From Nevada City Mayor Jennifer Ray
The homelessness problem in Nevada County is significantly worse than it was 5 years ago.
Nevada City does not have the space nor the financial resources to absorb this problem. Three of the council members, including myself attended the seminar Dr. Marbut conducted. Several of his ideas made complete sense to me:
1. Don’t feed the homeless without a more comprehensive approach.
This is enabling and it is counterproductive for the homeless and bad for merchants and residents of NC. Just feeding them with no accountability does nothing to address the drug and alcohol addiction often associated with homelessness.
2. Identify the homeless population. How many are drug and alcohol dependent? How many have concomitant mental illness? How many are victims of domestic violence?
As a licensed Clinical Psychologist, I can tell you that you must treat the dependence and addiction prior to mental health issues such as schizophrenia and bipolar.
The homeless problem is much worse than it used to be and the answer is not to create a culture of dependence.
From Nevada City Councilwoman Terri Andersen
1) Absolutely. Any time we have people living in our community without a roof over their heads and facing the constant concern for their health, well being and security, then certainly that is a problem. The other side of the coin is of course resident’s concerns over public intoxication, theft and the threat of campfires getting out of control. Everyone is impacted in some way by the problem of homelessness.
2) As a small city with limited resources we rely mainly on the county and their social services. However in developing our camping ordinance a couple of years ago we worked with our police to coordinate with local support groups like Divine Spark, Sierra Roots and Hospitality House to provide outreach to local homeless individuals. We continue to work with our police and make available sites for weekly meals provided by those groups. Our officers take the opportunity to use these events to check in with many homeless individuals and supply them with information about resources and support.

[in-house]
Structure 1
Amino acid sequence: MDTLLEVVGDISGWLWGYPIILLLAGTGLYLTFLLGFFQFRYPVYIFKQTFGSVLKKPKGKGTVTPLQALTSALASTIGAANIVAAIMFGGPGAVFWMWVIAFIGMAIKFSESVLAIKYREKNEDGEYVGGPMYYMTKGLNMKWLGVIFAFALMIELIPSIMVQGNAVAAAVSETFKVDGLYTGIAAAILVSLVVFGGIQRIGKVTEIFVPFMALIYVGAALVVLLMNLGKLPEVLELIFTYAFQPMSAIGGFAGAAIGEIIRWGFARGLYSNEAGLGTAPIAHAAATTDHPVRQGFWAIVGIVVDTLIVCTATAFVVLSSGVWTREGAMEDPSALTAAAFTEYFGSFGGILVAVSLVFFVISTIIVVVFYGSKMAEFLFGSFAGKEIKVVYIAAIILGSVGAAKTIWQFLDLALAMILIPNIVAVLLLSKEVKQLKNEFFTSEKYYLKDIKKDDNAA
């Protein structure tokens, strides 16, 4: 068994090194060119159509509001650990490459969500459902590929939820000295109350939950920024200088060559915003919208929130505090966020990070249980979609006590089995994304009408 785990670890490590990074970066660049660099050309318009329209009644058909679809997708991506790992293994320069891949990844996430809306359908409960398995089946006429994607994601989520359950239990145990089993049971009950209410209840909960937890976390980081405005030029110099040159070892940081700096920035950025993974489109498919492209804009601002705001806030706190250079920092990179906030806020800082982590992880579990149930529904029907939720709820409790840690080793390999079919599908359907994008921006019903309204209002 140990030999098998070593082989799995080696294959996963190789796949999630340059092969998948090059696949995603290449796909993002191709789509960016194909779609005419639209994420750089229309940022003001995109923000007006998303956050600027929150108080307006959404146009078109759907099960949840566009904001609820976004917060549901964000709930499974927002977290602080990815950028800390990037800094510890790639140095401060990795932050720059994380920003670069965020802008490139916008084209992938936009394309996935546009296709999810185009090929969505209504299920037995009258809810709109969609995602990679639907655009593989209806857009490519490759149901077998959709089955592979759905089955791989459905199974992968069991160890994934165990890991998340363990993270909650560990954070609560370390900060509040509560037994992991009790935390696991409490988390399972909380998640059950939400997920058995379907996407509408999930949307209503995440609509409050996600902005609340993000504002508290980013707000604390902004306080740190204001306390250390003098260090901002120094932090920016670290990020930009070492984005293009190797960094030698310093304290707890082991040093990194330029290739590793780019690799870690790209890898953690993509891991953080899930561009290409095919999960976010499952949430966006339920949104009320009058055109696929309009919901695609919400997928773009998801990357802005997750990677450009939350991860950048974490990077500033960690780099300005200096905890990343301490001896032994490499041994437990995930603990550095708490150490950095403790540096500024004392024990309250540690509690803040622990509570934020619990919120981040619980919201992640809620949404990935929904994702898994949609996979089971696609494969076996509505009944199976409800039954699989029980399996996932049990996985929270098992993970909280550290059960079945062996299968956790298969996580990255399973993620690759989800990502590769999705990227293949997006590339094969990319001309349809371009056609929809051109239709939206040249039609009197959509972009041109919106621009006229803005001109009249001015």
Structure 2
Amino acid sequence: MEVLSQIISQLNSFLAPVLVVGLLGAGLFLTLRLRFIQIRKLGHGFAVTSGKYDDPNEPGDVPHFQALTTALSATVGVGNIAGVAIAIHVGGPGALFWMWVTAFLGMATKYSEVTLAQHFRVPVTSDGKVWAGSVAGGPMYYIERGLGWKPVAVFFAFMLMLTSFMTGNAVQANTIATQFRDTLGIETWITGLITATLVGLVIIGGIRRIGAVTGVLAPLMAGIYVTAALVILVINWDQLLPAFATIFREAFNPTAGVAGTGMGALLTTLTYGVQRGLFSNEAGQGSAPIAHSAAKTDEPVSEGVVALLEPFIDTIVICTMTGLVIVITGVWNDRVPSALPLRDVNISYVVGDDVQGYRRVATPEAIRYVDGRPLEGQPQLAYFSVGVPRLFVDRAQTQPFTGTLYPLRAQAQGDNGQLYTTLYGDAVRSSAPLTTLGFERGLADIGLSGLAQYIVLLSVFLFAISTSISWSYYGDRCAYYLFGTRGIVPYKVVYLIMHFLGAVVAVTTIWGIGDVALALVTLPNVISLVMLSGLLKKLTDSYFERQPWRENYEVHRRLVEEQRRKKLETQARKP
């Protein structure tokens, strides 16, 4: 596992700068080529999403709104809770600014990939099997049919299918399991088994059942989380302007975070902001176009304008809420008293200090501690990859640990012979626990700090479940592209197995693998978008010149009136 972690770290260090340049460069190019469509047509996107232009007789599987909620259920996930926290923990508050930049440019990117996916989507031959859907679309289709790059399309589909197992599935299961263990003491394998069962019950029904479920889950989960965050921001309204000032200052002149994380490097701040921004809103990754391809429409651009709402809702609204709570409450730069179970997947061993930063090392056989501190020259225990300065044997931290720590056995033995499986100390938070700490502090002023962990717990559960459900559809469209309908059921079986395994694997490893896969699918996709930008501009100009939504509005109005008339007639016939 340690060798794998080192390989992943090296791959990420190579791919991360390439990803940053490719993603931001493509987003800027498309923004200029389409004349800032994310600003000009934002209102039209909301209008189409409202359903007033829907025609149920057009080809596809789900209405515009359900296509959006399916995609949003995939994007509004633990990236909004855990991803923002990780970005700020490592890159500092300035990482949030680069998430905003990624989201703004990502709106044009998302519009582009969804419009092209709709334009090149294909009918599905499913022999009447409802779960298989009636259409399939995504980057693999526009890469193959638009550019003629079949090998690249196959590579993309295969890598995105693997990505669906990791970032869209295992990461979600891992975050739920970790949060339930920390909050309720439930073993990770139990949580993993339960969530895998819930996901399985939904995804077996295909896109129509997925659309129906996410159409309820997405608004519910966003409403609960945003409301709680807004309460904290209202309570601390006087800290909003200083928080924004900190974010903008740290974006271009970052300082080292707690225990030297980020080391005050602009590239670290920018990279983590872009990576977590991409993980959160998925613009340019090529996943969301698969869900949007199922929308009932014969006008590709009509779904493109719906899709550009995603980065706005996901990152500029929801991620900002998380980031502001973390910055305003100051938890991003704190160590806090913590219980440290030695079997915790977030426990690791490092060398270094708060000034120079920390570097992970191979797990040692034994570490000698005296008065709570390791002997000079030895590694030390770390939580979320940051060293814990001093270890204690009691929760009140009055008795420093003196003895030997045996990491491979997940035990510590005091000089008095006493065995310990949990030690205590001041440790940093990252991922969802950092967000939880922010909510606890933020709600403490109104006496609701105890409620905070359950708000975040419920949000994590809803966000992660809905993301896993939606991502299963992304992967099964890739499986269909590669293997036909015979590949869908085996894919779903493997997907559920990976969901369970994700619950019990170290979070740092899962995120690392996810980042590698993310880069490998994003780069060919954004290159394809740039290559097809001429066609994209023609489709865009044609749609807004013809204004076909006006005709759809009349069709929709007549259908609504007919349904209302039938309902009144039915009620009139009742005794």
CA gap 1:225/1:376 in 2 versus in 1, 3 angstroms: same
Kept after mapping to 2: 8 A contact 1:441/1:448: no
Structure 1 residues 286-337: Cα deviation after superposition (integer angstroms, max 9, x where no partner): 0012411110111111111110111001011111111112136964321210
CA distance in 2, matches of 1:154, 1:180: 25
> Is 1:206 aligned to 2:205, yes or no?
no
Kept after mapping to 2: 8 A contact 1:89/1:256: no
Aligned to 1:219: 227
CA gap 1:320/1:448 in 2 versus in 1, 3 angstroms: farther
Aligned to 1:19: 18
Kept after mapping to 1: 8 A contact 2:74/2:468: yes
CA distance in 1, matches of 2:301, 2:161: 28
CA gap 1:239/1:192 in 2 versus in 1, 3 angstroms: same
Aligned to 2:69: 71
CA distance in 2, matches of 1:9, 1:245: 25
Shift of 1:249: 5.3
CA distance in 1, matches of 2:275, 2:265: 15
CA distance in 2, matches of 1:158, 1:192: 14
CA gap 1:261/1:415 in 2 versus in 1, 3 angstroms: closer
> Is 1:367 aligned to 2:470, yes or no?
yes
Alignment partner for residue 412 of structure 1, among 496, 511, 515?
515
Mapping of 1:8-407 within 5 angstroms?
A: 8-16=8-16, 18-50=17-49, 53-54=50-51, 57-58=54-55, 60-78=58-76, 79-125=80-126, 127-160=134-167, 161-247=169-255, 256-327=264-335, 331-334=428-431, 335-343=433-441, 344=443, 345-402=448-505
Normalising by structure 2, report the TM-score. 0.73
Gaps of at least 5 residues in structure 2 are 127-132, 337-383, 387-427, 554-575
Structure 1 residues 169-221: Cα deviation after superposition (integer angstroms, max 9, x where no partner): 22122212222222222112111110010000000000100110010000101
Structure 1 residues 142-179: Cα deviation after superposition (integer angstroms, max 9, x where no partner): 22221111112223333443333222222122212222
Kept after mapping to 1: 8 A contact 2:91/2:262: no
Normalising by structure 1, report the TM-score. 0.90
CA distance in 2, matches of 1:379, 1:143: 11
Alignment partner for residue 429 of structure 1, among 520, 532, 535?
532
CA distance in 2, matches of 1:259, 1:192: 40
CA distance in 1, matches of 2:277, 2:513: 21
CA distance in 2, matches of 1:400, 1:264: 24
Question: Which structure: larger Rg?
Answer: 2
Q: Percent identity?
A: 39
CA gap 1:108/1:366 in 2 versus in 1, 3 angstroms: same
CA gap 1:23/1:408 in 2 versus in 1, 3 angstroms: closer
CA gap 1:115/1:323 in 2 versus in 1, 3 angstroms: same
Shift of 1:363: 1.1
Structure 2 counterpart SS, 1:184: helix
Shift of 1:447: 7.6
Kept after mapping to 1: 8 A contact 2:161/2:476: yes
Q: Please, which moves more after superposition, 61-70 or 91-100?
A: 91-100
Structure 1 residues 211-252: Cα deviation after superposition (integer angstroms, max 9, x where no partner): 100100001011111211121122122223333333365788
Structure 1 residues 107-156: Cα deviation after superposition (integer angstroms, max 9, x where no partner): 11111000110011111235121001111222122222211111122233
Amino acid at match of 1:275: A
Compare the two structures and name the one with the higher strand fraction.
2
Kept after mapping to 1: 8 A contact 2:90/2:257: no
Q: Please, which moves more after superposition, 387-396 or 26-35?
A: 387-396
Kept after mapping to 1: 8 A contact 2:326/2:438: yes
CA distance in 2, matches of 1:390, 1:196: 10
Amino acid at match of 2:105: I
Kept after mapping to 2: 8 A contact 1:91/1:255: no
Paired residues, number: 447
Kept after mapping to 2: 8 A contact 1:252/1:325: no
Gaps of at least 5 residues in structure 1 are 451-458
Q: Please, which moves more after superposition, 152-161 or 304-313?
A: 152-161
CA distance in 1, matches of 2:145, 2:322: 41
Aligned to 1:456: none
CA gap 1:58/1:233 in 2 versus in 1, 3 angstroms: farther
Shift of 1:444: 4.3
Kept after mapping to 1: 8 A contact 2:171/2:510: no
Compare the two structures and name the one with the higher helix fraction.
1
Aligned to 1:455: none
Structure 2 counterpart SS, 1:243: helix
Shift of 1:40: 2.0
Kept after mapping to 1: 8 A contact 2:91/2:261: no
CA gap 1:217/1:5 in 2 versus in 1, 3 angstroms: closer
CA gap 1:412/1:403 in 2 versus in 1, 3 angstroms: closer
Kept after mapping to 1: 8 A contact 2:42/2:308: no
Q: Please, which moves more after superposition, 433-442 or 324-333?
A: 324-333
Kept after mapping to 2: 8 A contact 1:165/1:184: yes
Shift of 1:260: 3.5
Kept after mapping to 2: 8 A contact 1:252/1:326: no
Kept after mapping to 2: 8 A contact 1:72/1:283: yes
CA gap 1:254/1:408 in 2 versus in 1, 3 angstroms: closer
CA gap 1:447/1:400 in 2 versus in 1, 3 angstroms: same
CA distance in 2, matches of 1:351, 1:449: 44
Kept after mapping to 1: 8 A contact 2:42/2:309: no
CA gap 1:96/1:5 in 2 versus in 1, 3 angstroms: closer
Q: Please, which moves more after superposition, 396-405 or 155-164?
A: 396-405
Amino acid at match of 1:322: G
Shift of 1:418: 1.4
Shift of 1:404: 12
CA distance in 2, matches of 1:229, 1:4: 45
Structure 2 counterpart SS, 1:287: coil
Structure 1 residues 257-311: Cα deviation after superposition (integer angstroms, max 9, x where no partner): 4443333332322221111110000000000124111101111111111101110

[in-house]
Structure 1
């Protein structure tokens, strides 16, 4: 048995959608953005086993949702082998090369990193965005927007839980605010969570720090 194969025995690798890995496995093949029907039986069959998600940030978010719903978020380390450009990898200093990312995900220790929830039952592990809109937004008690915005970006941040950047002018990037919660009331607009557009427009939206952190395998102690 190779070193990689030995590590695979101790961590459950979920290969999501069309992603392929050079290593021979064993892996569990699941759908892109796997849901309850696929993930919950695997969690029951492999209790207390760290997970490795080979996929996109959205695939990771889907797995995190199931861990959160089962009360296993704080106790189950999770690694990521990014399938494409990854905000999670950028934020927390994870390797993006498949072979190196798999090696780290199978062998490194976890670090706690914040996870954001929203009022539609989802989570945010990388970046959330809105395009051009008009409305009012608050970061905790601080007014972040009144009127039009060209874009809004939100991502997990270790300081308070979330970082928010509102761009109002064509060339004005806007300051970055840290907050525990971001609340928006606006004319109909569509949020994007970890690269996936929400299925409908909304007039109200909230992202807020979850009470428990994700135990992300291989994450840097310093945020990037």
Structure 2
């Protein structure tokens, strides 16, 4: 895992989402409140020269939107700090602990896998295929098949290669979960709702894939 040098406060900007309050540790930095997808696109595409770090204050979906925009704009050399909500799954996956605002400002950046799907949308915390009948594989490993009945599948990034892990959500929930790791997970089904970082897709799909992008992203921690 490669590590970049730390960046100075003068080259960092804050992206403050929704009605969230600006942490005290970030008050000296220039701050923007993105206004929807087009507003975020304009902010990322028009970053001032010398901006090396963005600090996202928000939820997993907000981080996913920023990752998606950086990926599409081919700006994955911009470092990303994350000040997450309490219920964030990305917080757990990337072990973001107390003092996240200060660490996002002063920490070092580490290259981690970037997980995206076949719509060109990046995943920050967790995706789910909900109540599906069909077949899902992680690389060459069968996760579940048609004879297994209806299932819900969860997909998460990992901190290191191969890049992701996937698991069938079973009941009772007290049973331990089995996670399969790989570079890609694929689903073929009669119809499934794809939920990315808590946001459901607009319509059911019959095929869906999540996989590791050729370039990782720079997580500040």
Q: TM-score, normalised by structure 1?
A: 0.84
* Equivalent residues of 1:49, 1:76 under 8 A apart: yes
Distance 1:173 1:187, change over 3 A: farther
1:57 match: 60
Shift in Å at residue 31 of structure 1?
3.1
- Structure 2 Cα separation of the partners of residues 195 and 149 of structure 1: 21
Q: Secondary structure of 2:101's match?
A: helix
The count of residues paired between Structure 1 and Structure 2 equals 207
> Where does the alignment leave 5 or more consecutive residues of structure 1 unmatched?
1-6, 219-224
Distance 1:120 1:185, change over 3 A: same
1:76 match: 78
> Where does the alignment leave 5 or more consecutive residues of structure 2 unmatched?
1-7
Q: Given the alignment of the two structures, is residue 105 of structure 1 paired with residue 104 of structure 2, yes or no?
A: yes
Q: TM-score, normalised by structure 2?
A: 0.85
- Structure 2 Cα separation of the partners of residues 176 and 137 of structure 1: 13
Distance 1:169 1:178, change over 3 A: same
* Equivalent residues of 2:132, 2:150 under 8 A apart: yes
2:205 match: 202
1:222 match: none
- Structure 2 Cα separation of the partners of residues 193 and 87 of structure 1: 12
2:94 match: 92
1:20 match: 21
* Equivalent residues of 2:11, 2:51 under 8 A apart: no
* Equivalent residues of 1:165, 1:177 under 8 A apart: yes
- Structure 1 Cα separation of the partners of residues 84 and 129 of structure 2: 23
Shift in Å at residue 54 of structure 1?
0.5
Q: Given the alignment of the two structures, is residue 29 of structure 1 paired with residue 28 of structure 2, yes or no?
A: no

3) Like many people I talk to I’m not clear on the actual number of homeless and whether there are more or less than five years ago. I’m also unclear on many of the details; how many people are from Nevada City vs those who are from elsewhere or are just passing through? What is the percentage of people with substance abuse problems, victims of domestic violence, veterans with PTSD? I very much agree with Dr. Marbut’s suggestions that all agencies should have access to the same set of data on our homeless population and that data will drive the conversation about how best to move forward with the issue.
4) Next step? I’m intrigued by many of the ideas Dr. Marbut outlined and the success other cities and counties have had with the issue. I agree that collaboration among all the affected agencies and the organizations striving to help the homeless is absolutely essential. I’d like to know more about the idea of a “system wide portal”. I know that the county already has in place many programs and resources that have helped numerous individuals; I don’t think the public realizes they have successfully provided services for and housed about 150 people throughout the county. Perhaps a next step would be a gathering of members from the county and cities’ staff and electeds, and leaders from each organization dedicated to helping the homeless with an agenda geared toward full collaboration.
From Nevada City Councilwoman Evans Phelps
We all recognize that homelessness is an issue that the whole community has to tackle. The Hospitality House is the best solution we have in our county. It creates a safety net for people to get back on their feet, find jobs, and locate permanent housing. If we had the funds, we should have several more shelters like Hospitality House that offer help, but require a commitment and effort from the homeless who use the facility.
There are good citizens in Nevada City who feed the homeless in different locations every day. We have a pleasant and inviting downtown which allows them to find niches to hang around in. We also have hidden places to camp within walking distance. But we are also a small city with a very tight financial budget and very limited resources. We need money to make a difference. Myself, I try and be friendly and say hi to everyone. That is a first step, to recognize that this person walking with a backpack up towards some hidden camping area could be any one of us.
We start by being sympathetic. Next we need to locate funds to help set up community resources to help educate, and find housing and jobs for those who need it. It is a huge task and will take the entire community to come together to make a difference.